It took us a while, didn’t it? But hey! Now we have an issue of Secret Wars that has some actual wars and actual secrets in it.

Things certainly seem ratcheting toward the conclusion, which is a good thing to have happening since we have just a few issues left. If this really is the final act, however, it still feels like we missed the second one, or otherwise like we really needed an Act 2.5 or something. The Prophet/Maximus the Mad stands revealed after his rapid introduction last issue, and Mr Fantastic and the Maker continue their working relationship from before, even though we still don’t know what they are working on. Gone are the Spider-Men and their pivotal moment, although Star Lord finally earns a total of six words. Thor must have had a conversation with the Thor Corps at some point, because all the Thors are now on “our” side after a span of a couple of pages, but we’re still not sure if the Captain Marvel we’re seeing alongside Mr. Sinister is “our” Captain Marvel at all.

The problem with these sprawling epics is that we are losing all sight of trees as we see the forest. We have spend a lot of time with Dr. Doom and have even been led to sympathize with the ennui of a god. That’s not a bad thing at all, of course, and might even be a selling point, but more and more he is, by necessity, sidelined by the action that has to take place. Most notably, he doesn’t take on the roles that the covers suggest. Rather than loom large (even metaphorically) as the heroes battle below him, Doom just pouts a bit and sends in the Thors to smash everybody. I keep wanting to look at particular parts of that story, but the comic keeps putting both hands on the side of my head and forcing me to look at other things instead, with little reason why I should pay attention to that. Oh! Squirrel!

You would think that as Doom’s prominence decreases, our heroes’ would rise the forefront, taking on more of the focus. But really we only get a page of Mr. Fantastic and the Maker (adding nothing new to their interaction but title-dropping the word “secret” in bold font) and a page or two of Black Panther and Sub-Mariner. The latter is actually nice; the banter between these two feels the most earned and genuine of all the characters involved. What we do get is a lot of interaction with Mr. Sinister, of all people. With this and his previous appearances in the series, I’m wondering if he’s a new pet character for the author. He’s been given more focus than over half of the Life Raft Survivors. There’s certainly something that’s silly and charming in his dialogue (and depictions by the artist), which can lend some levity to the seriousness and full-on war that’s happening, but such moments of levity don’t feel right, like they’re not earned while we’re still not quite sure what the real stakes are.

I also have a hard time taking dialogue seriously when characters speak critically of other characters. Mr. Sinister shouts in varied font sizes and broken dialogue balloons that he “just / can’t… stand / that / tacky outfit” the Goblin Queen is wearing. Really? That doesn’t sound like something Mr. Sinister would say, but it does sound like something someone who is reading comics would say through Mr. Sinister. Same with the Prophet revealing himself as Maximus, to “you idiots.” Which “you” is that to, exactly? To us readers? Hmm. I wonder.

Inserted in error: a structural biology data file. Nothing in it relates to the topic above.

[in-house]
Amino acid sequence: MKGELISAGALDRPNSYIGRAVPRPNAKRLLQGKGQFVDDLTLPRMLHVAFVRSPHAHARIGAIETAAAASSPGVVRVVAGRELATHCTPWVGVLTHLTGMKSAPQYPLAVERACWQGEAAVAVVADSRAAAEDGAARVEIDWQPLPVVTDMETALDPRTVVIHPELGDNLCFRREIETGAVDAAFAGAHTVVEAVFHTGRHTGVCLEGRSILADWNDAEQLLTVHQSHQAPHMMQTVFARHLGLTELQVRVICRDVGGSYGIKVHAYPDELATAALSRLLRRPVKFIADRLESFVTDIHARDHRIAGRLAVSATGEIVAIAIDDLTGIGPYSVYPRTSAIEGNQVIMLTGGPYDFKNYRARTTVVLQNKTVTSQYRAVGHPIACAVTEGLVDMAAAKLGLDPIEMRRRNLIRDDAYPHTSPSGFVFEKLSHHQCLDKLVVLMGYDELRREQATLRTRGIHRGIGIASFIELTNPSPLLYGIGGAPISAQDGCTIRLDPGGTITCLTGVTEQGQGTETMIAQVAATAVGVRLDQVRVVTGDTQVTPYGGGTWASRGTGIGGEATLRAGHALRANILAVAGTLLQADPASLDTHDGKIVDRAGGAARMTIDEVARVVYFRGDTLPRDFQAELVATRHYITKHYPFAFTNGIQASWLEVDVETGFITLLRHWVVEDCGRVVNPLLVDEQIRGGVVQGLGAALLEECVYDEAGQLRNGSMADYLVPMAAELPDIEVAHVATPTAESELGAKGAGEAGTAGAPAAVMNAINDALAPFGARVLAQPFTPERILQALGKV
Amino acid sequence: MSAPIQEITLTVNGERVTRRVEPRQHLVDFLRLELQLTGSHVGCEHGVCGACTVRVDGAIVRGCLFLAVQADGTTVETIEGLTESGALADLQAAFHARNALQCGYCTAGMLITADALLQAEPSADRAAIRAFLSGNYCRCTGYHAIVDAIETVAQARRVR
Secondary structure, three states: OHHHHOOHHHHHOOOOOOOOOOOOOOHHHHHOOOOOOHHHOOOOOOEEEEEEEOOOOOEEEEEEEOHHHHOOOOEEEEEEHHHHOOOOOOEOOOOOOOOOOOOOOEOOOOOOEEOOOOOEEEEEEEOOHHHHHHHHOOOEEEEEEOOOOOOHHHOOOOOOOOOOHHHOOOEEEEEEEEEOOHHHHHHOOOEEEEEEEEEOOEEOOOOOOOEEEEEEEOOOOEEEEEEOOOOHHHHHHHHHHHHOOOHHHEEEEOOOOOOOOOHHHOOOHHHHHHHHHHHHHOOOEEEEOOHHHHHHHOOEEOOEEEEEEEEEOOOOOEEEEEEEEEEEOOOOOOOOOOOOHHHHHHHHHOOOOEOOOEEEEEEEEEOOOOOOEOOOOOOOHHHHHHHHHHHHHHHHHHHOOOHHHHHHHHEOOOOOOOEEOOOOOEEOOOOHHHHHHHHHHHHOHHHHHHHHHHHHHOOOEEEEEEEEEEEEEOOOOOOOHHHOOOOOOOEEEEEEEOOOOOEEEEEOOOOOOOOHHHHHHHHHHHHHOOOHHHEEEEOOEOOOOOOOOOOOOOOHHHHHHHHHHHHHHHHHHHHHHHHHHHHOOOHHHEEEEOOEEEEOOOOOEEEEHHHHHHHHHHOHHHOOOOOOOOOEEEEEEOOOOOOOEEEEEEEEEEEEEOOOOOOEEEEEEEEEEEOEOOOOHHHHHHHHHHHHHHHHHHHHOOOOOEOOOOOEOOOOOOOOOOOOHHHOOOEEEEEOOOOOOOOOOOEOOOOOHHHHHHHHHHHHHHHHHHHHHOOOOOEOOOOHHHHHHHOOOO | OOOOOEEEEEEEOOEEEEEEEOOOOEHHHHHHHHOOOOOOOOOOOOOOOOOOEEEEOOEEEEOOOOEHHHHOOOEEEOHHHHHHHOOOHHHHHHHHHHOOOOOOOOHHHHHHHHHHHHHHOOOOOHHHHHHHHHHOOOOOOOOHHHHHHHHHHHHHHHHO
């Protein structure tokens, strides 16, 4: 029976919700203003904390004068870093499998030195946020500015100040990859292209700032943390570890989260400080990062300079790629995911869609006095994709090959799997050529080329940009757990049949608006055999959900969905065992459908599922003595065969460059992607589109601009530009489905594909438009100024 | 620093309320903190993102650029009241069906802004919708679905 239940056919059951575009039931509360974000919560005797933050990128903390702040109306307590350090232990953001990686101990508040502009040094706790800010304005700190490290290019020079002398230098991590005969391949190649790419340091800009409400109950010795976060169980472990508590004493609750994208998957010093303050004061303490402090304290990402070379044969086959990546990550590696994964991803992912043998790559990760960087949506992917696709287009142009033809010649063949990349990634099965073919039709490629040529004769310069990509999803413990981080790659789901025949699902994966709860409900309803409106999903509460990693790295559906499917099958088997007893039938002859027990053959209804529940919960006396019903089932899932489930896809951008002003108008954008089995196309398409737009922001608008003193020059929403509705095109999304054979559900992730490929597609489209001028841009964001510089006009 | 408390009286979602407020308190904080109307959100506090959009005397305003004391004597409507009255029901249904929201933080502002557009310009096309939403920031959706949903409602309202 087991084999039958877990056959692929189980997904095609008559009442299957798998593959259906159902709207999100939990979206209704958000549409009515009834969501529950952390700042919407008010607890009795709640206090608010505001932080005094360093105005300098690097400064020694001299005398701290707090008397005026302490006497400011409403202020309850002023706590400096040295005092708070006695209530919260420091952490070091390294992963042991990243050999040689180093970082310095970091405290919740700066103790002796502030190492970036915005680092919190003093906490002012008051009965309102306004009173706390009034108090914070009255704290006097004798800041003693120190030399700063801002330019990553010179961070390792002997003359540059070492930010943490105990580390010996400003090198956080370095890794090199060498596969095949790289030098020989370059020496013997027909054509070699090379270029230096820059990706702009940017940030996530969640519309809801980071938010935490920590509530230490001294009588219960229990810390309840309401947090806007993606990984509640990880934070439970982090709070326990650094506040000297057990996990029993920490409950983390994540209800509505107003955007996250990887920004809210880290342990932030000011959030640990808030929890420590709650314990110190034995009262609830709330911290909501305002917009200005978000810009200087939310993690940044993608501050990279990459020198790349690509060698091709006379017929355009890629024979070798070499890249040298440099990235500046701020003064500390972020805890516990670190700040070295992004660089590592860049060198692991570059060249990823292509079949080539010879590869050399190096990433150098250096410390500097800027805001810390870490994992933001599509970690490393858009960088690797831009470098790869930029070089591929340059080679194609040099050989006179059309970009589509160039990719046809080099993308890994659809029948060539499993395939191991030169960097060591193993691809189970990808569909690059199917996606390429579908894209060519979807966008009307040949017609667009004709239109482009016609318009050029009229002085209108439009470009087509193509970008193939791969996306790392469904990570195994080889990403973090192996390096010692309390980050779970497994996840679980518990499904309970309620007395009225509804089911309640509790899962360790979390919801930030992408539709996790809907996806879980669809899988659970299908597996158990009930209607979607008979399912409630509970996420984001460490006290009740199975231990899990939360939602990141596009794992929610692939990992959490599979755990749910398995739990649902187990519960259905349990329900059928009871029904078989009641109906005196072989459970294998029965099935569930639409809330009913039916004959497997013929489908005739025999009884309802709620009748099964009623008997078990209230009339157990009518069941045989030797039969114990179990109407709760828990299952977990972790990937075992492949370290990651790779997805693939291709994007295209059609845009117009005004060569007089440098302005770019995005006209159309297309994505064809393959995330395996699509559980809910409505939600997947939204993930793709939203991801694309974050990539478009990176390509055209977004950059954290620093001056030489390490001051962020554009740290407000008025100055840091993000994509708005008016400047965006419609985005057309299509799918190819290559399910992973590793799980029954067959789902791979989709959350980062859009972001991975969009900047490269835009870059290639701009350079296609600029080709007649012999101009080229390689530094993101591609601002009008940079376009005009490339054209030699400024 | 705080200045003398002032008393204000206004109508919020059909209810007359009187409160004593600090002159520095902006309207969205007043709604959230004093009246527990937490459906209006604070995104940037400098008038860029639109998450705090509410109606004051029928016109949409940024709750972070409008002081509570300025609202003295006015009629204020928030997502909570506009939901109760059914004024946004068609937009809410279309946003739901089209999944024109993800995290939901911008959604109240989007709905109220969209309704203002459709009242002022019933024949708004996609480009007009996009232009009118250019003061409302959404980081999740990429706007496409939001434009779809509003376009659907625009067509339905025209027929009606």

The artistic focus here is really on the characters and expressions, as always. The field of war, then, is completely indistinct, as figures are, at best, shown on a literal field or, more likely, shown battling in piles of something with billows of clouds as a backdrop. It may be the first time that we learn that Doomstadt is atop a giant tree, something Asgardian no doubt, but the now-literal fog of war obscures any true sense of scale. When do get a couple of full-scale dramatic set pieces, one a massive helicarrier full of Hulks and the other a floating castle of Thors, in semi-full page spreads, it’s pretty amazing. The concept is, come on, cool. Like most of Secret Wars, though, these really cool ideas are like wonderfully constructed movie façades that present a dramatic face but when you enter them you realize you can’t really do much with them.

Grade

C+

Conclusion

Secret Wars has drifted a lot, and suffered precisely from a lack of a point-of-view character. This issue bounces around too much to allow Dr. Doom that role (one that he enjoyed in the past) but neither allows any of our heroes to rise to prominence, either. It’s good to see a lot of action, with this issue being the largest number of characters involved so far, I think, but it all feels perfunctory. The villains do bad things; the heroes try some last-ditch efforts. It’s hard to tell if I’m being unnecessarily critical, as if a several-month delay may have hardened me to it all, but everything feels a bit too going-through-the-motions to allow me to connect to the story the same way I did at the start of the series.